This article was updated 4:10 p.m. Tuesday, Oct. 17, 2017:
According to the official website for the city of Miami Beach, “Flamingo Park’s handball/racquetball courts are one of the oldest and well-maintained in the country.”
Half this statement is true.
“I’ve been coming to Flamingo Park and playing handball here for over 40 years,” say Dan Howard of Miami Beach. “It’s just not playable anymore.”
For the last 65-plus years, Flamingo Park in Miami Beach has been one of the most iconic and pleasurable locations in South Beach. Much of the park has been beautifully renovated and carefully landscaped.
In 2002, the Aquatic Center reopened, followed by a giant playground in 2005. In 2013, a brand-new football field with artificial turf and a state-of-the-art drainage system was completed. Surrounding the football field is a new track. That same year, the Flamingo Park Tennis Center was renovated with 17 courts, new lighting, landscaping and irrigation and drainage system. Even the basketball courts got a complete makeover earlier this year with brand new surfaces and basketball hoops.
Not the handball/racquetball courts.
In January 2016, the Miami Herald reported on the courts’ deteriorating conditions and how the city might spend an estimated $200,000 ($50,000 per court) to make room for a little-known game called pádel, a sport that blends elements of tennis and squash on a court one-third the size of a tennis court.
Nearly two years later, there are no longer plans to add pádel to the park. There have been no improvements made on the handball courts, and they are looking as squalid as ever. They are littered with all sorts of trash and even feces. Howard says he has also seen a few dead rodents on the courts and outside.
The courts have massive cracks and holes, and are strewn with piles of leaves, branches and newspapers from months ago.
“I’ve seen these courts getting worse and worse over the years,” said Juliano Quintana, a 15-year veteran of handball and racquetball at Flamingo Park. “It’s a shame, because the rest of the park is so beautiful.”
As far back as 2013, a Yelp reviewer from Washington, D.C., posted on the website:
“The racquetball and handball courts are open-air bathrooms for homeless people and more useless than a Kardashian.”
City Manager Jimmy Morales sent a letter to Mayor Philip Levine and commissioners on Friday saying “the courts are maintained by City staff on a daily basis, multiple times throughout the day.”
“During these visits, staff members empty out trash bins and replace liners, pick up litter, use blowers to remove organic material and pooled water, sanitize areas, etc.,” Morales continued. “The courts are also on a pressure washing rotation every two to three weeks. The notion that the courts are neglected by staff is further negated by the fact that the enclosed design of the facility provides a secluded environment that attracts undesirable activity, at times of an illicit nature, which requires maintenance staff and Park Rangers to routinely monitor the site throughout their shifts.”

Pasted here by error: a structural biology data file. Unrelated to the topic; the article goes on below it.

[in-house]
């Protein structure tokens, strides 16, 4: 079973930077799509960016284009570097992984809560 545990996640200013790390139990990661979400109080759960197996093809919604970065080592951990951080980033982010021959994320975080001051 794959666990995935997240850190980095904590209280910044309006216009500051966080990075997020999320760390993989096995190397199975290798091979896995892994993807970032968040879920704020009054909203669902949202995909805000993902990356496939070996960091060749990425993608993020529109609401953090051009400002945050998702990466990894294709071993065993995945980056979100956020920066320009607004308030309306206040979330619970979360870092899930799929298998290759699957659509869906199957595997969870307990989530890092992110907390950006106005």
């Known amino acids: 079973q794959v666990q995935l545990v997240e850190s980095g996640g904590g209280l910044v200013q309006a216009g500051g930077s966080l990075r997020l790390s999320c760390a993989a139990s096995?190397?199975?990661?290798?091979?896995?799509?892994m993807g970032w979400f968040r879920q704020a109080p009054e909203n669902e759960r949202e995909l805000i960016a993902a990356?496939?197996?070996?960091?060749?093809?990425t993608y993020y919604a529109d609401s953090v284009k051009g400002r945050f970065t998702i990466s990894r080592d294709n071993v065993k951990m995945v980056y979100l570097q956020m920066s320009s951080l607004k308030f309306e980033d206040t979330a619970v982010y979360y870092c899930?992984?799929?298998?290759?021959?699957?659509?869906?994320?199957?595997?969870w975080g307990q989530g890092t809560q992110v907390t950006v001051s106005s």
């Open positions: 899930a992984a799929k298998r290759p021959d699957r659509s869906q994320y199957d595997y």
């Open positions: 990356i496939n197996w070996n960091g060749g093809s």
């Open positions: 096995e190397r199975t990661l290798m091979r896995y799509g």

On Wednesday, commissioners will consider authorizing Morales to negotiate a contract with a firm to fix up the handball courts, including electrical upgrades, the addition of sports lighting, new general lighting, stucco repairs, court resurfacing, new frameless windows and doors, and new fencing and painting.
The city estimates the necessary improvements will cost $886,000. Three bidders on the project exceed the city’s estimates, so Morales is recommending the city negotiate with the lowest bidder.
After discussions over a plan the demolish some of the courts in spring 2016, the commission directed the administration to keep all existing courts and renovate them. Because the city had to go back to the drawing board and completely redesign the project and get approval from city land use boards, the renovations have been delayed by two years.
On Thursday, officials told the Herald if negotiations are successful, construction should start in about three months.
One day recently, Howard bounced his handball before slapping it furiously against the court wall. As the ball hits a crack, it sputters in the opposite direction into a puddle of dark water.
Howard shakes his head, picks up the ball and wipes it on his pants.
“It’s a shame,” he said. “Coming to Flamingo Park and playing handball is one of those experiences that truly connects us locals who grew up here. And it’s been slowly dying in front of us.”
Herald staff writer Joey Flechas contributed to this report.
If you go
▪ What: Miami Beach commission meeting
▪ When: 8:30 a.m. Wednesday
▪ Where: Miami Beach City Hall, 1700 Convention Center Dr.
▪ Information: www.miamibeachfl.gov